Alocasia is a genus of broad-leaved rhizomatous or tuberous perennials from the Family Araceae. There are 78 species of Alocasia occurring in Tropical & Subtropical Asia to Eastern Australia and widely cultivated in Oceania and South America. The large cordate or sagittate leaves grow to a length of 20 to 90 cm on long petioles. Their beautiful araceous flowers grow at the end of a short stalk, but are not conspicuous; often hidden behind the leaf petioles.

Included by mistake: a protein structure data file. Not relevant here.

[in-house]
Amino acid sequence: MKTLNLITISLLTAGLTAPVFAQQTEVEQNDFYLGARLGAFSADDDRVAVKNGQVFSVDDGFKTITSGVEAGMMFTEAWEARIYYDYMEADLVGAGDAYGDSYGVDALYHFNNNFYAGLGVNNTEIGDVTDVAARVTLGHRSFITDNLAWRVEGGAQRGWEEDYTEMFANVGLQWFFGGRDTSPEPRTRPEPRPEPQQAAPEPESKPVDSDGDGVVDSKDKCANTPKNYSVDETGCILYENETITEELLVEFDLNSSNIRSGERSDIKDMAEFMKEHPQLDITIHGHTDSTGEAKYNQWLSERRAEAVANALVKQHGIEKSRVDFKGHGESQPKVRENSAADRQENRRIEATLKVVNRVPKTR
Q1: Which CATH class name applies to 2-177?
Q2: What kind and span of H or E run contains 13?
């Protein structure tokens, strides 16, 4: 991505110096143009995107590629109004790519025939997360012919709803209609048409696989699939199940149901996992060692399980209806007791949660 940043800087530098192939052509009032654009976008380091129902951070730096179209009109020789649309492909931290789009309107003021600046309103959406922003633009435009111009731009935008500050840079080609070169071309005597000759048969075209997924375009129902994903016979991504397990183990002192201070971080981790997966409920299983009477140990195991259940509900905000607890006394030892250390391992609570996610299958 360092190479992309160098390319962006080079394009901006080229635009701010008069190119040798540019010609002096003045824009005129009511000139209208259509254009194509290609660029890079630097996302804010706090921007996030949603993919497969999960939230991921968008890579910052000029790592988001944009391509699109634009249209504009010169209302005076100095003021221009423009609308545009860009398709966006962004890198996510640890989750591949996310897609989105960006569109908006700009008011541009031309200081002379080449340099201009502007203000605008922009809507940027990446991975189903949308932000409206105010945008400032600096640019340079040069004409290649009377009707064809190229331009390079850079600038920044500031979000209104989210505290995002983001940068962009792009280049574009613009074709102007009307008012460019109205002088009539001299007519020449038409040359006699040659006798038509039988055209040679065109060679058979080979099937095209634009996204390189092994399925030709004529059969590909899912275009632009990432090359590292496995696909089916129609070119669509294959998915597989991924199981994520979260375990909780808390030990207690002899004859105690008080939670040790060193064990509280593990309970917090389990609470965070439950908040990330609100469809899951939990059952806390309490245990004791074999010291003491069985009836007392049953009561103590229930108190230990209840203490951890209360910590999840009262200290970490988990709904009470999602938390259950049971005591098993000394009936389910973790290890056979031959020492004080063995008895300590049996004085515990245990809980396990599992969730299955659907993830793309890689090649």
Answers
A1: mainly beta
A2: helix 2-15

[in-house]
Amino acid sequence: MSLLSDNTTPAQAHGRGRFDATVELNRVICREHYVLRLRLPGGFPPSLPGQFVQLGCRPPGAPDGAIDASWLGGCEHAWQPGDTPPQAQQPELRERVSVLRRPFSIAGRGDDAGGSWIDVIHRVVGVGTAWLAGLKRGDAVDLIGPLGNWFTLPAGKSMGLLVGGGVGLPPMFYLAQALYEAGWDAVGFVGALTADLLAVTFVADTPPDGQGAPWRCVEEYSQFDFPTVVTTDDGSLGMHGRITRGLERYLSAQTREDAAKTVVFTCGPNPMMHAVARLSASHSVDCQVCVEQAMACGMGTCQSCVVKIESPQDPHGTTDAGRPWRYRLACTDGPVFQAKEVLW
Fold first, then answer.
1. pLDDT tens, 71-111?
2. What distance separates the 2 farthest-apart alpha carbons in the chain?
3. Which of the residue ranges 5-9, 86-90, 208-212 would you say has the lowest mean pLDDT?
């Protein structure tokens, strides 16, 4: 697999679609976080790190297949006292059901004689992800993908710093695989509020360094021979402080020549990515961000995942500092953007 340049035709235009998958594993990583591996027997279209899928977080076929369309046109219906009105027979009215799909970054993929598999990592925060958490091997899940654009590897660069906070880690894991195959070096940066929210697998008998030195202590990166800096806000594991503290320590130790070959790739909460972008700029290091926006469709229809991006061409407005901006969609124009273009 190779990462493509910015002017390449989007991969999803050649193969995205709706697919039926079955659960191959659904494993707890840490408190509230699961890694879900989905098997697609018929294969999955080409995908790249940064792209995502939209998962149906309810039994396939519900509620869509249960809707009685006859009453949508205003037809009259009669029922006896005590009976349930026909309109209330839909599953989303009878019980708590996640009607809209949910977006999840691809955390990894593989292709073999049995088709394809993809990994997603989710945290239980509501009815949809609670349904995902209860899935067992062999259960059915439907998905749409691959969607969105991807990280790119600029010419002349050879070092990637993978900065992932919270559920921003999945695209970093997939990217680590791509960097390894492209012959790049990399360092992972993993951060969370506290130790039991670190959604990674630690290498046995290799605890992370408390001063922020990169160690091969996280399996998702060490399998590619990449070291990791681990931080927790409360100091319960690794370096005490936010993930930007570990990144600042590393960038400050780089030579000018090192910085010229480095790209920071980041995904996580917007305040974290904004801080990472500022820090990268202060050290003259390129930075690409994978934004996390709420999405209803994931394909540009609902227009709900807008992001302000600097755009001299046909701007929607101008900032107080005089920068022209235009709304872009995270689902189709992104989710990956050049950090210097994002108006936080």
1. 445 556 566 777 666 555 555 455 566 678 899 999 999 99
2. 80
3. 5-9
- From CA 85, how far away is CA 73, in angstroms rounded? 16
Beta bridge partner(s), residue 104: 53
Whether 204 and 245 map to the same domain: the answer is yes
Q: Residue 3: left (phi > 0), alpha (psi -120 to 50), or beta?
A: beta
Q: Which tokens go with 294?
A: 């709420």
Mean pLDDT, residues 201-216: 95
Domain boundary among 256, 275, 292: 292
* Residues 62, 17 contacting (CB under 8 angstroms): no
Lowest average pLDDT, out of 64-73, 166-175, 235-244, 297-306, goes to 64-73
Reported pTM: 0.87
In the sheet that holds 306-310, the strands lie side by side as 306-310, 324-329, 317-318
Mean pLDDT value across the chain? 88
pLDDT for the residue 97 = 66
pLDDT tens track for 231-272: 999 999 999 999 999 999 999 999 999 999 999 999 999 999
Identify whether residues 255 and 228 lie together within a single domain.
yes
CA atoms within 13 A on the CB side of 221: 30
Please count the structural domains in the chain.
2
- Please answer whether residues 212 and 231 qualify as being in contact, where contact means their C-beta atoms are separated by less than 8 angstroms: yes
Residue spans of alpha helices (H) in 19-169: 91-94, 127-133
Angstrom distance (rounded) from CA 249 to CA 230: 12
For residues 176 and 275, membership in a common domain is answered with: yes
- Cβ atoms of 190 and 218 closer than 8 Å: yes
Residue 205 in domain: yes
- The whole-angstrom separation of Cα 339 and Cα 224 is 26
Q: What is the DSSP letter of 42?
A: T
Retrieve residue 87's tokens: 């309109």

The stem (a corm) is edible, but contains raphid or raphide crystals of oxalic acid that can numb and swell the tongue and pharynx resulting in difficult breathing, and sharp throat pain. The lower parts contain more of the poison. Prolonged boiling before serving or processing may reduce the risks but acidic fruit such as tamarind will dissolve them.